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Ortiz v. City of Nogales

United States District Court, D. Arizona

January 25, 2019

Heriberto Martinez Ortiz, et al., Plaintiffs,
City of Nogales, et al., Defendants.



         On April 12, 2017, Plaintiffs Heriberto Martinez Ortiz (“Ortiz”) and his wife Nora Morales (“Morales”) filed a Complaint (Doc. 1), raising constitutional claims under 42 U.S.C. § 1983 as well as various state-law claims. On August 18, 2017, the Court issued an Order staying this case pending the resolution of underlying state criminal proceedings. (Doc. 26.) The Court lifted the stay on December 18, 2018. (Doc. 36.) Currently pending before the Court is a fully briefed Motion to Dismiss filed by Defendants Jose Nohe Garcia (“Garcia”), Jane Doe Garcia, and La Loma Grande, LLC (“La Loma”) (collectively, “Movants”). (Doc. 18; see also Docs. 19, 22.)[1]

         I. Legal Standard

         Rule 8(a)(2) of the Federal Rules of Civil Procedure requires a pleading to contain a “short and plain statement of the claim showing that the pleader is entitled to relief.” This pleading standard does not demand detailed factual allegations, but it “requires more than labels and conclusions, and a formulaic recitation of the elements of a cause of action will not do.” Bell Atl. Corp. v. Twombly, 550 U.S. 544, 555 (2007). A complaint must tender more than “naked assertions devoid of further factual enhancement.” Ashcroft v. Iqbal, 556 U.S. 662, 678 (2009) (internal quotation and alteration marks omitted).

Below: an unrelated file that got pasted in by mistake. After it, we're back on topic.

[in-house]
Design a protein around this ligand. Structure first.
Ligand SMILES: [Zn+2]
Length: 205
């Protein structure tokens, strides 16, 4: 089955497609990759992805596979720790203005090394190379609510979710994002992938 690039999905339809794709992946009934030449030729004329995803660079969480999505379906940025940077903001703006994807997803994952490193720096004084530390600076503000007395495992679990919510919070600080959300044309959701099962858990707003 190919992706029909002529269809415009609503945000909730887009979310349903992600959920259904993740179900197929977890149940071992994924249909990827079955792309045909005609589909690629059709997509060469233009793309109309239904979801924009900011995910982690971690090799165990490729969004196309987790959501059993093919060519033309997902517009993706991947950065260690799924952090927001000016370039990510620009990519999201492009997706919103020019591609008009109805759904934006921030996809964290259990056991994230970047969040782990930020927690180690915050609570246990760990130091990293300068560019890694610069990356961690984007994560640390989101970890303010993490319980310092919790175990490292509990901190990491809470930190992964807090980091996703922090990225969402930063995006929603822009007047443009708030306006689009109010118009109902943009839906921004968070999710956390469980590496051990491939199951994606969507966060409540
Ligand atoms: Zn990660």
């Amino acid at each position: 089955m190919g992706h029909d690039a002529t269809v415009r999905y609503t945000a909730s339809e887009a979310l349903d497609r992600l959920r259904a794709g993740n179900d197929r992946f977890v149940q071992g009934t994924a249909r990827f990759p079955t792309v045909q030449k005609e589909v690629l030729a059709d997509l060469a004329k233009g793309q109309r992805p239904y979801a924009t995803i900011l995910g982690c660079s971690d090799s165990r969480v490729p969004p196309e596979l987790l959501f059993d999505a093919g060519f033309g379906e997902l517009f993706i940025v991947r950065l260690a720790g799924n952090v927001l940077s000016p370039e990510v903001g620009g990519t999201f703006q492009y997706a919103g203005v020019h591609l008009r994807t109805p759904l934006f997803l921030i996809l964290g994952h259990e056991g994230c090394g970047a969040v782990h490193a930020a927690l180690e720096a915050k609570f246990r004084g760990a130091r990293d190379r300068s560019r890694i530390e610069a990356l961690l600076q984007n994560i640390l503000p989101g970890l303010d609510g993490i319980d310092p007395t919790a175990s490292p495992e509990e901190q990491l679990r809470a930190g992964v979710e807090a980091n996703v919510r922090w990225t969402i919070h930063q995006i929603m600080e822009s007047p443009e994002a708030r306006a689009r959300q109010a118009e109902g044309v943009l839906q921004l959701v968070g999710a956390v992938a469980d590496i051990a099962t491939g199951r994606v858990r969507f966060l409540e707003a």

“To survive a motion to dismiss, a complaint must contain sufficient factual matter, accepted as true, to ‘state a claim to relief that is plausible on its face.'” Id. (quoting Twombly, 550 U.S. at 570). “A claim has facial plausibility when the plaintiff pleads factual content that allows the court to draw the reasonable inference that the defendant is liable for the misconduct alleged.” Id. While a court evaluating a motion to dismiss must accept as true all factual allegations of the complaint, the same does not apply to legal conclusions couched as factual allegations. Id. Rule 8 “does not unlock the doors of discovery for a plaintiff armed with nothing more than conclusions.” Id. at 678-79.

         II. Allegations of Complaint